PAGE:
Effect of LFS on kindling acquisition
No statistical difference was found between the control and experimental animals in the number of stimulations required for the first stage 5 seizure or for the animals to become fully kindled. No statistical difference was noted in the mean afterdischarge duration over the first 20 stimulations between the two groups of animals when the data were analyzed by using a two-way ANOVA with one repeated measure (Fig. 1A). However, a comparison of the mean AD duration for stimulation numbers 16–20 revealed a significant decrease in mean AD duration (p < 0.01; Hotelling T2) in the experimental animals compared with the controls.
Coincident with the decrease in AD duration, the LFS also induced a significant decrease in the mean behavioral seizure score (Fig. 1B; p < 0.001; Mann–Whitney U). Although control animals consistently exhibited stage 5 seizures, the experimental animals exhibited mean behavioral seizure scores ranging from 2 to 4. An example of the AD from a control and experimental animal is illustrated in Fig. 2. The AD illustrated in Fig. 2A, taken from a control animal after the sixth stimulation, had a longer duration than the AD illustrated in Fig. 2B, taken from an experimental animal after the twelfth stimulation, consistent with an LFS-induced decrease in AD duration.
Unexpectedly, a significant decrease was seen in the number of times the kindling stimulus elicited an AD in the experimental animals. During kindling acquisition, amygdala stimulation rarely fails to elicit an AD, and the control animals in this study exhibited an AD 99% of the time in response to the kindling stimulus. However, the experimental animals exhibited an AD only 70% of the time (Fig. 3; p < 0.0001; Fisher's exact test). This suggested that the preemptive delivery of the LFS decreased the incidence of kindled AD during kindling acquisition.
Because the decrease in AD duration and behavioral seizure score in the experimental animals was greatest in response to stimulations 16 to 20 (Fig. 1), the possibility that the LFS was more effective after the experimental animals had exhibited a stage 5 seizure also was examined. However, the incidence of AD in the experimental animals was essentially the same before and after the first stage 5 seizure (data not shown; Fisher's exact test; p > 0.05). This suggests that the LFS was equally effective in preventing kindling-induced ADs throughout the acquisition phase of kindling.
Effect of LFS in fully kindled animals
After both groups of animals had been stimulated 20 times, a crossover procedure was performed. Fully kindled control animals (n = 5) were now stimulated with the LFS plus the kindling stimulus, and fully kindled experimental animals (n = 4) were stimulated with just the kindling stimulus. Each animal received a total of 20 additional stimulations. Fig. 4 compares the incidence of stage 5 seizures in fully kindled control animals before the crossover (only the kindling stimulus) to fully kindled control animals receiving LFS plus the kindling stimulus. The delivery of the LFS to fully kindled control animals dramatically decreased the mean incidence of stage 5 seizures to 42% compared with 98% before the crossover procedure (Fig. 4; p < 0.0001; Fisher's Exact test). However, adding LFS to the kindling stimulus did not lead to a decrease in the AD duration in this group when a seizure did occur.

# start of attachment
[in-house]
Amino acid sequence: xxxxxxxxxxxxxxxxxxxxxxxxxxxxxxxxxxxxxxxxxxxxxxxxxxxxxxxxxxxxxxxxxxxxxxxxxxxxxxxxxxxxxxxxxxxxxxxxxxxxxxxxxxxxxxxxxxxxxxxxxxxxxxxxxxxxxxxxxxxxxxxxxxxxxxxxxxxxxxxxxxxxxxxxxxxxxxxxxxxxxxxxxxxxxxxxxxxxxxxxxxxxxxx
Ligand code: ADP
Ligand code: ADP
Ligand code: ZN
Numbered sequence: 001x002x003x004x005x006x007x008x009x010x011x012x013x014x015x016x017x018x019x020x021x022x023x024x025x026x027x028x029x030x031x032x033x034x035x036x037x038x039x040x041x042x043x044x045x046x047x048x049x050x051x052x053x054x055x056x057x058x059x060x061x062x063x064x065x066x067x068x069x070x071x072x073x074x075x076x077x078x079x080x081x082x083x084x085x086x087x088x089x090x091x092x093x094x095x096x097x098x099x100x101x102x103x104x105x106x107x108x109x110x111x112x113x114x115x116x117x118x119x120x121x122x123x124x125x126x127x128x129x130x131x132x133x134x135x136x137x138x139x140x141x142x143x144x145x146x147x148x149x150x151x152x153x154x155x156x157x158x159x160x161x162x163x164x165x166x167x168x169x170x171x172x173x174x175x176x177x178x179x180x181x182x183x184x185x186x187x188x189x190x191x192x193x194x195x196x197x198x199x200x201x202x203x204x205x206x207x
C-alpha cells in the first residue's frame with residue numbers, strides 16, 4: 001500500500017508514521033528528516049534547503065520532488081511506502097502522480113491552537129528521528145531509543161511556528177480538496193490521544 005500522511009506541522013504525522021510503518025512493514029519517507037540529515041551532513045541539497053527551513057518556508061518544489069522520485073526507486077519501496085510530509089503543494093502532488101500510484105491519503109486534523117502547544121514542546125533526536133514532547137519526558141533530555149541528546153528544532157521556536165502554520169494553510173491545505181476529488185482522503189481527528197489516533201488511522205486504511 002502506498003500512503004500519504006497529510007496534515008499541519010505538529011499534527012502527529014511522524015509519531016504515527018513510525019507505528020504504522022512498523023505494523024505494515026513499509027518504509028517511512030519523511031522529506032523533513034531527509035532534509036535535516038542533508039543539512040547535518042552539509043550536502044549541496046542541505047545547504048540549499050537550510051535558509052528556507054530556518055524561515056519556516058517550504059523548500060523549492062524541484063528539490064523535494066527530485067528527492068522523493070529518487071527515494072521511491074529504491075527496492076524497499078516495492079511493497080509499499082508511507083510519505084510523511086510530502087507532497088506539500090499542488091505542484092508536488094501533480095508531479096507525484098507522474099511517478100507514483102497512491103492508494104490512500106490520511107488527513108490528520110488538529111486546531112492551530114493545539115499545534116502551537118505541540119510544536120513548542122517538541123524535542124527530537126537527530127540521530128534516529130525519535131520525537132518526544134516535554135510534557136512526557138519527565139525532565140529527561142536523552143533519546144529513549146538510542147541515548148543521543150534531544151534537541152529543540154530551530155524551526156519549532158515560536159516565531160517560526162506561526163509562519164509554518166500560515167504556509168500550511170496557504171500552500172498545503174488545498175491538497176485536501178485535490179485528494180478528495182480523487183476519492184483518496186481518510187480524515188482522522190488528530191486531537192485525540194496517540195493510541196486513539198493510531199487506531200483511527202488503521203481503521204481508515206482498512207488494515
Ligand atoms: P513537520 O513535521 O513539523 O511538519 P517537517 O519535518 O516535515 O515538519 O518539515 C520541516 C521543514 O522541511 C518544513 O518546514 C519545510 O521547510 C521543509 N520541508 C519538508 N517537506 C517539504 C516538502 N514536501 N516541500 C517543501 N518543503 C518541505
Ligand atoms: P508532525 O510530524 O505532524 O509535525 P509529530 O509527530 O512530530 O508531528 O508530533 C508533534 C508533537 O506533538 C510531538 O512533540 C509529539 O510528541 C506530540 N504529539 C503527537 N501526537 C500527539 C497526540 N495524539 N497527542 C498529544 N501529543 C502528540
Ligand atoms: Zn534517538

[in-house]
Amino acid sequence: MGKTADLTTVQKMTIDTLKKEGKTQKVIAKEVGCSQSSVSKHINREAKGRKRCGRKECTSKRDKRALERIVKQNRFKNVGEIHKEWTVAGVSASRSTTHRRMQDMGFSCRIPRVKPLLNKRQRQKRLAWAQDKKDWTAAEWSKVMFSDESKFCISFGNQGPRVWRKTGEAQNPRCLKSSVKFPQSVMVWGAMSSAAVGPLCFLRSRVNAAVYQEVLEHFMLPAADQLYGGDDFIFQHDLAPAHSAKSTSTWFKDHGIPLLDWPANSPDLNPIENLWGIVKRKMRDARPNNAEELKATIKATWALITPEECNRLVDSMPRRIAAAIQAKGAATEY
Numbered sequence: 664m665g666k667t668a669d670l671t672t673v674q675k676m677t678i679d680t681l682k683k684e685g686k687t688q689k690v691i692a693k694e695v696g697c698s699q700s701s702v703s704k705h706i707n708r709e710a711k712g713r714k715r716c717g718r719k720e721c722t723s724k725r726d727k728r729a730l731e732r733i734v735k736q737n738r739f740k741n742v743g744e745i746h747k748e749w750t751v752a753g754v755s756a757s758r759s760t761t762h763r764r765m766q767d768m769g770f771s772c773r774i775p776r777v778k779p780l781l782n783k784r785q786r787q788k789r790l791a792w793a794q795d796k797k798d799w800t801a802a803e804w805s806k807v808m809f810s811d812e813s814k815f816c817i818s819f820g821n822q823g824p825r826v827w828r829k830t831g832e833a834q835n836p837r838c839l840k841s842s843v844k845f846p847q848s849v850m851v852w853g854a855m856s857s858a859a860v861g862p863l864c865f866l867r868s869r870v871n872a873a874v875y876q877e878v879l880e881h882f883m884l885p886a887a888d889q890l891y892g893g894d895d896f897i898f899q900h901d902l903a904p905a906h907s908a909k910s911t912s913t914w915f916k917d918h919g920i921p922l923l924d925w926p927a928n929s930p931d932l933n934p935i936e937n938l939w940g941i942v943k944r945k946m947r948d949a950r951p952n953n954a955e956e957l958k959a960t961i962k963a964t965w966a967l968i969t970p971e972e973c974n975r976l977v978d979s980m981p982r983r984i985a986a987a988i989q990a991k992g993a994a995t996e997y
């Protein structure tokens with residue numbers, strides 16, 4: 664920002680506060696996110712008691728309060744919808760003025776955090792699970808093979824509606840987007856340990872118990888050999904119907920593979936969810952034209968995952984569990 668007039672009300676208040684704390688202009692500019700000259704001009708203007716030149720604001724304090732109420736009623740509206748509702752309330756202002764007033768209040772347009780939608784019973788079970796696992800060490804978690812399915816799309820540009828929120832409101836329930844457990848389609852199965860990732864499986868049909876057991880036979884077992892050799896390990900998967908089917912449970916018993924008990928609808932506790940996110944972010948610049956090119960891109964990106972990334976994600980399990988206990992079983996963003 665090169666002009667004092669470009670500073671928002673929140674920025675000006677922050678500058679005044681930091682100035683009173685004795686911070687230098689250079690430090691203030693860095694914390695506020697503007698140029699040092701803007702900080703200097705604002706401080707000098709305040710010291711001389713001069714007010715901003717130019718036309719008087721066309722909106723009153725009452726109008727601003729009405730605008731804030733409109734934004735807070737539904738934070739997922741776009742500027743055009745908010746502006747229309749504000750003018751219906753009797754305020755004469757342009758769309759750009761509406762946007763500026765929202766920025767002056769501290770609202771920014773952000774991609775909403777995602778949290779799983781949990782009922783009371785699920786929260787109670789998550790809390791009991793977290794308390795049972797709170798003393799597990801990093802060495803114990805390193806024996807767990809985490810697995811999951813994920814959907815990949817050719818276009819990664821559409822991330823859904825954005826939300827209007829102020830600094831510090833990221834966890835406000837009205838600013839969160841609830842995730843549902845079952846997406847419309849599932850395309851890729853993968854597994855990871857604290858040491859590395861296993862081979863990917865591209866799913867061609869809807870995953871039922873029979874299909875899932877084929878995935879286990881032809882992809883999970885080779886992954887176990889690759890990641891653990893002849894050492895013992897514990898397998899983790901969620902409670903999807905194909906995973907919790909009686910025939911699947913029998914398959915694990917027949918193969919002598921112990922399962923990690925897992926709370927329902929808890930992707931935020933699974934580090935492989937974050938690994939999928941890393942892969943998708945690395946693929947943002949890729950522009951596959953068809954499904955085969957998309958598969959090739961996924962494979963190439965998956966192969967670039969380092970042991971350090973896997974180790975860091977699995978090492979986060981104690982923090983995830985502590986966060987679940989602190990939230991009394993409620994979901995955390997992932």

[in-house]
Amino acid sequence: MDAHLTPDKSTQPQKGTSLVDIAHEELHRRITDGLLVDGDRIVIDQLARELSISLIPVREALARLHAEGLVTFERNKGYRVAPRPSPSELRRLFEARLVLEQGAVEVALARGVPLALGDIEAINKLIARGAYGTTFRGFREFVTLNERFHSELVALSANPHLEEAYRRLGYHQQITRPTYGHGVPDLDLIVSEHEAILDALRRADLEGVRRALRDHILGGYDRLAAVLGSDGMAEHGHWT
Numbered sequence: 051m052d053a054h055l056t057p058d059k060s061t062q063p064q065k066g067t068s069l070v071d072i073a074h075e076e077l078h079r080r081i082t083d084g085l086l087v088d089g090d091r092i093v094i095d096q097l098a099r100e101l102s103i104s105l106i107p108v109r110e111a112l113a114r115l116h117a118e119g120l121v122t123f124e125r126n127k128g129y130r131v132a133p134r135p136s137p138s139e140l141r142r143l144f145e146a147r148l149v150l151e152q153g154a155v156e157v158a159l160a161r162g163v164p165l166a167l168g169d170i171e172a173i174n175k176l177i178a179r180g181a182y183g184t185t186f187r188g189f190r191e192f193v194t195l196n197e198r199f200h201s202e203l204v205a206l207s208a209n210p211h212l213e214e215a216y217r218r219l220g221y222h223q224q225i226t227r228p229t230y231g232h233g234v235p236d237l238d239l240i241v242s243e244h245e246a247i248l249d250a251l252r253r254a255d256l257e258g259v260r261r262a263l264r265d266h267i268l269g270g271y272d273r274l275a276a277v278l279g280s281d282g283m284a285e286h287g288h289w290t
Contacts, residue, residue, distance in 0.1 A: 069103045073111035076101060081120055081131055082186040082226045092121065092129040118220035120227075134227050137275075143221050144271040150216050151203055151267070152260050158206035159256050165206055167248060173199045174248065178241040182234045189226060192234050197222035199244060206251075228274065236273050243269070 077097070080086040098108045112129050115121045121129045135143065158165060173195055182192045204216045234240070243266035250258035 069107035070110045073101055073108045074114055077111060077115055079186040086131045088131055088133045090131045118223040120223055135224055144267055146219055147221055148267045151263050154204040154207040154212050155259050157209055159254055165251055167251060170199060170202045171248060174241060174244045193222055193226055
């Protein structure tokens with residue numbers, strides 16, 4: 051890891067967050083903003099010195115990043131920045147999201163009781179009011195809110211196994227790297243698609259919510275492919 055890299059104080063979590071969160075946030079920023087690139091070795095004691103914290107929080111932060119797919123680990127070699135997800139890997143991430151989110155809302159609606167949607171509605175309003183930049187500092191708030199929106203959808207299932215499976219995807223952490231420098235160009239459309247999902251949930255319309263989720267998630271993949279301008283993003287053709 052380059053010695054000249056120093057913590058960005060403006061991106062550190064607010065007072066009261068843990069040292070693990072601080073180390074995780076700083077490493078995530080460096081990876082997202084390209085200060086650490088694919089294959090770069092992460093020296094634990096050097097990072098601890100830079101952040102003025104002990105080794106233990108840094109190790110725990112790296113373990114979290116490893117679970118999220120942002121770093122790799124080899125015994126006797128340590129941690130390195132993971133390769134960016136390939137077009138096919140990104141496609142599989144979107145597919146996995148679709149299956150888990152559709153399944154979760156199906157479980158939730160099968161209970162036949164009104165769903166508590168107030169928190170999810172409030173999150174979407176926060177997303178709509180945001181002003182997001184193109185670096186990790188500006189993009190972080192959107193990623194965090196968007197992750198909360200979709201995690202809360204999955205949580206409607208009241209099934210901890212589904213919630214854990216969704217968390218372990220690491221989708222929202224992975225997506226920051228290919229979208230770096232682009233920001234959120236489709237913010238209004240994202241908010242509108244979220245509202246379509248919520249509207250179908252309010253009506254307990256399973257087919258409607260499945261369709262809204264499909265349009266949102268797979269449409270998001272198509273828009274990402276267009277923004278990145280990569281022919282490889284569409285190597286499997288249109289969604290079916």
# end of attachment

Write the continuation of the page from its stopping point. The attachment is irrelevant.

When the original experimental animals received the kindling stimulus alone, the incidence of stage 5 seizures increased to 83% from 67%. Although this increase in the incidence was not significant (p > 0.05; Fisher's Exact test), it does suggest that once the LFS was no longer delivered, the incidence of stage 5 seizures increased. Interestingly, the AD duration in the original experimental animals did not increase to control levels after the LFS was no longer delivered.
Deep brain stimulation has the potential to become a new treatment for those patients with epilepsy who are currently unresponsive to pharmacologic therapy or who are not candidates for surgical resection. However, before brain stimulation can become a new therapy for epilepsy, the fundamental questions of where to stimulate and what type of stimulation will be most effective must be resolved. This study demonstrates that preemptive LFS stimulation decreases the incidence of amygdala-kindled seizure activity both during kindling acquisition and in fully kindled animals. These results support the hypothesis that LFS could be an effective therapy in some patients with epilepsy.
It has been hypothesized that electrical stimulation of specific brain areas can regulate seizure susceptibility by raising seizure threshold or by interfering with seizure propagation by activating seizure-gating networks (53). Stimulus frequency seems to be a key parameter for stimulation-induced disinhibition of seizure-gating networks (14). Many of the studies that reported a decrease in seizure activity after stimulation of the basal ganglia and thalamic nuclei used a high-frequency stimulus. Mirski et al. (9) observed an elevation in pentylenetetrazole (PTZ)-induced clonic seizure threshold after 100-Hz stimulation of the anterior thalamus, whereas 8-Hz stimulation was proconvulsant. Why high-frequency stimulation was effective is unclear. It has been suggested that high-frequency stimulation induces a functional lesion-like effect, causing the stimulated nucleus to stop functioning because of depolarization block, neural jamming (disruption of the network caused by stimulation-induced neuronal impulses), or preferential activation of inhibitory neurons (54).
Potential therapeutic effects of LFS